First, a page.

Differential hardening

Charles,
Sorry but my news reader erased your post before I answered so I am writing this from memory.
You are correct that a two step tempering process probably would not
leave a "temper line" as the condition of the steel would change gradually.
But, given that many of the Japanese blades are made from two different grades of steel how much of the temper line is a result of the tempering process and how much is a result of the different grades of steel welded together to make the blade?
--
Cheers,

Bruce in Bangkok
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Bruce in Bangkok wrote:

The temper line is caused by the clay hardening technique. You can achieve this line even if you use a homogenous alloy for your blade.
I can put you in contact with Pierre, who is currently an apprentice in Japan, to discuss this further, as he has far more practical experience than I do in this technique. A very interesting person to talk to. I was able to get a cool book through him on Japanese swords and their manufacture signed by the author.
Regards Charles
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Yes. :)
Off hand, many have said that it needs to be a very clean (low P) straight carbon steel to get the line. I've wondered what W or V would do to the ability to get a nice line since they can make an otherwise straight carbon steel even more shallow hardening.
You'll see W and/or V mentioned ever'once in a while as helping with making a steel deeper hardening (slow things down) but it's usually just wrong information copied over and over. :/ Two ways W and V can make a steel more shallow hardening is first: finer grain size and the second: tying up enough carbon to make the steel act like a lower than expected carbon content.
Alvin in AZ
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snipped-for-privacy@optushome.com.au says...

Nah, I'm not going to be tempering anything - at least I don't think I am.
What knife making I do is confined to making "work knives". Usually small with a blade length of about 2 inches and a handle about 2-1/2 inches. I can buy HSS hack saw blades fairly cheaply (and get two knives from each blade) so am happy grinding out a blade with a 4" hand grinder and epoxying on a teak handle. they are reasonably easy to sharpen and stand up well to what I use them for - cutting glass cloth, ropes, etc.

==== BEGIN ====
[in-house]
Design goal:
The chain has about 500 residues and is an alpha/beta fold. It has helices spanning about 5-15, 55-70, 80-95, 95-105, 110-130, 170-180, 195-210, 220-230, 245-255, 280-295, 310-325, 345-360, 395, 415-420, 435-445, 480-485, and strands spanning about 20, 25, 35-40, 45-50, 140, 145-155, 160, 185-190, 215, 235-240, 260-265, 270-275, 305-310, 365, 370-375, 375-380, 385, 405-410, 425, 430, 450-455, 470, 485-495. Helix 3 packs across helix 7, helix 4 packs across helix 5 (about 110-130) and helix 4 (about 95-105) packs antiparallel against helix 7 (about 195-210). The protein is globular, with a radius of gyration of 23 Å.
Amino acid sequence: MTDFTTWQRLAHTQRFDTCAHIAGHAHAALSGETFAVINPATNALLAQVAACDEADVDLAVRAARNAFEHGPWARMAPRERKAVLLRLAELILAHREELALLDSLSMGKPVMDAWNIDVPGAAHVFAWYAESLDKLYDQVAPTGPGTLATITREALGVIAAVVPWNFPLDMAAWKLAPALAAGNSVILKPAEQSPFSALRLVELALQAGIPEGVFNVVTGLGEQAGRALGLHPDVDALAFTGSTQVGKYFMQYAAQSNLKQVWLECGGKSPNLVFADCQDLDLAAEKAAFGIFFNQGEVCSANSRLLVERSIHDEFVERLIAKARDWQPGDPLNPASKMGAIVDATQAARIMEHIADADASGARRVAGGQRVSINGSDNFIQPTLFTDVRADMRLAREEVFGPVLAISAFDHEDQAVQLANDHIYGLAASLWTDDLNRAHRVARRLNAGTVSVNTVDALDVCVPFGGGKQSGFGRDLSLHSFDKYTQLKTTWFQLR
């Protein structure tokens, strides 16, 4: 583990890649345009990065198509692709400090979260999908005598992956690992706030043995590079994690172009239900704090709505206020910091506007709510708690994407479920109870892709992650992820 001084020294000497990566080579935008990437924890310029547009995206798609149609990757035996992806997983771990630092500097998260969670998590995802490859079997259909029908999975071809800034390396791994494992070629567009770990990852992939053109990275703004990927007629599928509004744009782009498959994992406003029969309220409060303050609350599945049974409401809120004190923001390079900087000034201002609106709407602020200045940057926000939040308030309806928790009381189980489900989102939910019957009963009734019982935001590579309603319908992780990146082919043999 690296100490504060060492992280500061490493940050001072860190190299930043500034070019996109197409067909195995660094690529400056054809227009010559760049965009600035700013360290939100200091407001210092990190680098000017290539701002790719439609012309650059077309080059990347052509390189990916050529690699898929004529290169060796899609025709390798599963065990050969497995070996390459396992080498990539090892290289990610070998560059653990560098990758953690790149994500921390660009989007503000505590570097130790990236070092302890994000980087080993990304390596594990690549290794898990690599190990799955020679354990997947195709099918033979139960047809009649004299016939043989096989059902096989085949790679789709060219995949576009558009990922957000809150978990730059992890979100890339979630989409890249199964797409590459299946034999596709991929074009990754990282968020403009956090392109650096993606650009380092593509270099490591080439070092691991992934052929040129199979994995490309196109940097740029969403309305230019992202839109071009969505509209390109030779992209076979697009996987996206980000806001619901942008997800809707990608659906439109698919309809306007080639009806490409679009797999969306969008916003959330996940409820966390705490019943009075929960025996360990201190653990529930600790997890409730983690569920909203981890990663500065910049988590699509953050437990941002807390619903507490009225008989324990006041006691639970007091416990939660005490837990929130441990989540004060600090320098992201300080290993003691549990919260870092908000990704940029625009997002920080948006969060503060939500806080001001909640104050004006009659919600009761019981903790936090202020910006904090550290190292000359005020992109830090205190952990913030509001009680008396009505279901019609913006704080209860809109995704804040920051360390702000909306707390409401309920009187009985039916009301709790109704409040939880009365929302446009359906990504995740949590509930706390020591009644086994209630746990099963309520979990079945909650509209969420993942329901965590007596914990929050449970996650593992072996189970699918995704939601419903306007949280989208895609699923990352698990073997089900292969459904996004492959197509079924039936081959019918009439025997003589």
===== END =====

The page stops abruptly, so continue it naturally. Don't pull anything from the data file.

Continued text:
I had thought about getting a decent folding knife, or kit, but they, and the shipping, mean I could make a bucket full of knives for the cost of a single imported knife I have decided not to bother. I must have a dozen of the HSS knives scattered around, rigging knives, bench knives, pocket knives...
By the way, the little knives don't have a long enough blade to let them stay in a soft sheath so have been making wooden sheaths. I found that the wooden sheaths fell off so inlayed some magnets from an old disk drive in the side of the sheath. Other then now having magnetic knife blades it works well. The sheaths are fairly loose but don't fall off because of the magnet.
--
Cheers,

Bruce in Bangkok
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Bruce in Bangkok wrote:

I'm interested in wooden sheaths, do you have any pictures?
Regards Charles
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Yeah, what CA said. :)

Wow! That's really nice work there, Charles! :)
How much kangaroo meat can you get for that one? ;)
Alvin in AZ
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snipped-for-privacy@Example.com wrote:

Depends where you get the meat :-D
A friend gets that one for a special price ;-) It's ready for use, this is one of the last ones, heat treated externally. It's set at 57 rockwell with a spring temper.
Thanks for the praise I do appreciate it.
Regards Charles
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